Characteristics are as follows:

On-demand self-service: a cloud consumer can unilaterally provision computing capabilities, such as server time and network storage, as needed automatically without requiring human interaction with the service's provider.

Broad network access: capabilities are available over a network and accessed through standard mechanisms that promote use by heterogeneous thin or thick client platforms (e.g., mobile phones, laptops, and PDAs).

Resource pooling: the provider's computing resources are pooled to serve multiple consumers using a multi-tenant model, with different physical and virtual resources dynamically assigned and reassigned according to demand. There is a sense of location independence in that the consumer generally has no control over the exact location of the provided resources but may be able to specify location at a higher level of abstraction (e.g., country, state, or datacenter).

Rapid elasticity: capabilities can be rapidly and elastically provisioned, in some cases automatically, to quickly scale out and rapidly released to quickly scale in. To the consumer, the capabilities available for provisioning often appear to be unlimited and can be purchased in any quantity at any time.

Measured service: cloud systems automatically control and optimize resource use by leveraging a metering capability at some level of abstraction appropriate to the type of service (e.g., storage, processing, bandwidth, and active user accounts). Resource usage can be monitored, controlled, and reported providing transparency for both the provider and consumer of the utilized service.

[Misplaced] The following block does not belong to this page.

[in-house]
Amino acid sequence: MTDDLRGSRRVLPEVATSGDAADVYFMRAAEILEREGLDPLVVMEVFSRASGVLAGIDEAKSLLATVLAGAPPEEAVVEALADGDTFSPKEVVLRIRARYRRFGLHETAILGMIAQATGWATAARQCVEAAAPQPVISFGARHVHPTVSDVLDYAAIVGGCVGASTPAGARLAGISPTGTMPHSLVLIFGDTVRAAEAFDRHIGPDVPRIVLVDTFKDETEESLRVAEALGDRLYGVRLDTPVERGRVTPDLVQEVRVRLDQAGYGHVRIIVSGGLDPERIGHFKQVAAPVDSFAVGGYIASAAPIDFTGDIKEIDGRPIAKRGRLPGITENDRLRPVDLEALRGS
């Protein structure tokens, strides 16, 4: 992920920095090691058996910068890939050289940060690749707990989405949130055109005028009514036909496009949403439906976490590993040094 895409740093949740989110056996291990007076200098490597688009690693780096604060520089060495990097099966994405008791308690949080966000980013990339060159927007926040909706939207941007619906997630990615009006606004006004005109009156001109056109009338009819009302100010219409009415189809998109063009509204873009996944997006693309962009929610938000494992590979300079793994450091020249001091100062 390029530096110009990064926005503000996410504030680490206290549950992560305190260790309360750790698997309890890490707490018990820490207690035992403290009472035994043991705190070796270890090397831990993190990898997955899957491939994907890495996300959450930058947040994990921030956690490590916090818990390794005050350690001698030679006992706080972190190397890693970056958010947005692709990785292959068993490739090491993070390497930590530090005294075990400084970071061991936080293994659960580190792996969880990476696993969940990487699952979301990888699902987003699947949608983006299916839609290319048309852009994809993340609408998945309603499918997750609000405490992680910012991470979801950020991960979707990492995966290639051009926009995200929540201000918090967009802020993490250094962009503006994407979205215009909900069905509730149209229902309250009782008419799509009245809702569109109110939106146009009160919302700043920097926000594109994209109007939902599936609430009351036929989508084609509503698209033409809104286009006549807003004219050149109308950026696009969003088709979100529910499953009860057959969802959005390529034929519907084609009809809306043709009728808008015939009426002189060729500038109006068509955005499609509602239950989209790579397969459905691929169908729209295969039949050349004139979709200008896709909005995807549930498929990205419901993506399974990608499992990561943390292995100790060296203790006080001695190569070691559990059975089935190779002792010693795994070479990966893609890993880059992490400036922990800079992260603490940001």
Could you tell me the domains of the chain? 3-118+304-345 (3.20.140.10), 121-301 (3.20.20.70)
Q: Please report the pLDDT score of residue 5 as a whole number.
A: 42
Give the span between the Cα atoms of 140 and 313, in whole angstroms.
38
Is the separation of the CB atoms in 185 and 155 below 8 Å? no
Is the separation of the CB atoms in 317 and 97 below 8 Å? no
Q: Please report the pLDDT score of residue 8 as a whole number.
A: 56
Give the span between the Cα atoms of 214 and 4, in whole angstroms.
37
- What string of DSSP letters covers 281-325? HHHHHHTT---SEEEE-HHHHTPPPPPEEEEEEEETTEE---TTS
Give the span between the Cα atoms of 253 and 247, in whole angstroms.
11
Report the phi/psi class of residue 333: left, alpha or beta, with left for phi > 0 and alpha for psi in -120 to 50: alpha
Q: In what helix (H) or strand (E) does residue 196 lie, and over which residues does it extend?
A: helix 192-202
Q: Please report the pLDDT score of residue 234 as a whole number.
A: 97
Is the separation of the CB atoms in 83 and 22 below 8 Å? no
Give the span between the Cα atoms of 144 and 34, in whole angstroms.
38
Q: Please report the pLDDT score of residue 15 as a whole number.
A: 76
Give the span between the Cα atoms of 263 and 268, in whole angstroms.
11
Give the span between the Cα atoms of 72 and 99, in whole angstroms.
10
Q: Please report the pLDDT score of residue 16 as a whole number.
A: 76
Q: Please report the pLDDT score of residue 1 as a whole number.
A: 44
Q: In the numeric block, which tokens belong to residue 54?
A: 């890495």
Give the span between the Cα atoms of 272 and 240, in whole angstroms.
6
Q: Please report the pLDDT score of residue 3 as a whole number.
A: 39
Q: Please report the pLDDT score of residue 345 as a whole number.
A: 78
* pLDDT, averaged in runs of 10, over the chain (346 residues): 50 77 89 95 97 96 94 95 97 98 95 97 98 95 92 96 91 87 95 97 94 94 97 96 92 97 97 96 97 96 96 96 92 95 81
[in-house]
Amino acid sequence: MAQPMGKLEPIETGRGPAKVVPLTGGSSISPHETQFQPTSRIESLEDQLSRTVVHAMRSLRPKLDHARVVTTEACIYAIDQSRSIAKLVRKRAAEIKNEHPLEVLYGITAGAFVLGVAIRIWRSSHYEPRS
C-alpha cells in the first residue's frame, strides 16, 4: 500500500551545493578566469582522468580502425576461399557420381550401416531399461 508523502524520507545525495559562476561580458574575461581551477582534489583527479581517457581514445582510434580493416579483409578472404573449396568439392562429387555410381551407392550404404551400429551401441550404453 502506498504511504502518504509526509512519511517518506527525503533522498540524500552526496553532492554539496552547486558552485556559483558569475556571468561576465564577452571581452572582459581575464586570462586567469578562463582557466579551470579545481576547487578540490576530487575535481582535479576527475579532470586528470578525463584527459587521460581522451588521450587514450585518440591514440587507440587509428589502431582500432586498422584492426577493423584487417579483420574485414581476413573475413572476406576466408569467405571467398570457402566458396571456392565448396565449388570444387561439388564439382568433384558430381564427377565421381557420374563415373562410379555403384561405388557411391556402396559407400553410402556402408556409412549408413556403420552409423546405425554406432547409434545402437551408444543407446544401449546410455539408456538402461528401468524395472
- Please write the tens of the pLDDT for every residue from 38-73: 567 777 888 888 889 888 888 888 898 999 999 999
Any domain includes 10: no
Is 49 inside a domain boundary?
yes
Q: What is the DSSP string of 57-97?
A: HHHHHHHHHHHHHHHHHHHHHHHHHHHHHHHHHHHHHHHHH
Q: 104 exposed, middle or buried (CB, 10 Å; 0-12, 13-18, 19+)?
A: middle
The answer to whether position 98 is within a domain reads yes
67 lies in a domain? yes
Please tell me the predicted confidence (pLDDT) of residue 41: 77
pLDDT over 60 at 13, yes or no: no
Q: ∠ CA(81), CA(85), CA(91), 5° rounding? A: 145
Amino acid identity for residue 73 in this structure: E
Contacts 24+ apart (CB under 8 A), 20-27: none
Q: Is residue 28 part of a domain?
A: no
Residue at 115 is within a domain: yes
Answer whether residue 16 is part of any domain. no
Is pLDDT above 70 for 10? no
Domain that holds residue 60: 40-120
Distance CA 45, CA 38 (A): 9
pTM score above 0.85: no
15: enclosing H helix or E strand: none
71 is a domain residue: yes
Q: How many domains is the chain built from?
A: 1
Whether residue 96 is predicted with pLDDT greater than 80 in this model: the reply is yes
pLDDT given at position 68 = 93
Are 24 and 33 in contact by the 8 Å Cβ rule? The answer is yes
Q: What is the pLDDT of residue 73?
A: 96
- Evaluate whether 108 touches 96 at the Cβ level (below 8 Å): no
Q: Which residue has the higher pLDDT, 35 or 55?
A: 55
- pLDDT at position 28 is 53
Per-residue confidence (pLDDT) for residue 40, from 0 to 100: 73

Service Models are as follows:

Software as a Service (SaaS): the capability provided to the consumer is to use the provider's applications running on a cloud infrastructure. The applications are accessible from various client devices through a thin client interface such as a web browser (e.g., web-based e-mail). The consumer does not manage or control the underlying cloud infrastructure including network, servers, operating systems, storage, or even individual application capabilities, with the possible exception of limited user-specific application configuration settings.

Platform as a Service (PaaS): the capability provided to the consumer is to deploy onto the cloud infrastructure consumer-created or acquired applications created using programming languages and tools supported by the provider. The consumer does not manage or control the underlying cloud infrastructure including networks, servers, operating systems, or storage, but has control over the deployed applications and possibly application hosting environment configurations.

Infrastructure as a Service (IaaS): the capability provided to the consumer is to provision processing, storage, networks, and other fundamental computing resources where the consumer is able to deploy and run arbitrary software, which can include operating systems and applications. The consumer does not manage or control the underlying cloud infrastructure but has control over operating systems, storage, deployed applications, and possibly limited control of select networking components (e.g., host firewalls).

Deployment Models are as follows:

Private cloud: the cloud infrastructure is operated solely for an organization. It may be managed by the organization or a third party and may exist on-premises or off-premises.

Community cloud: the cloud infrastructure is shared by several organizations and supports a specific community that has shared concerns (e.g., mission, security requirements, policy, and compliance considerations). It may be managed by the organizations or a third party and may exist on-premises or off-premises.

Public cloud: the cloud infrastructure is made available to the general public or a large industry group and is owned by an organization selling cloud services.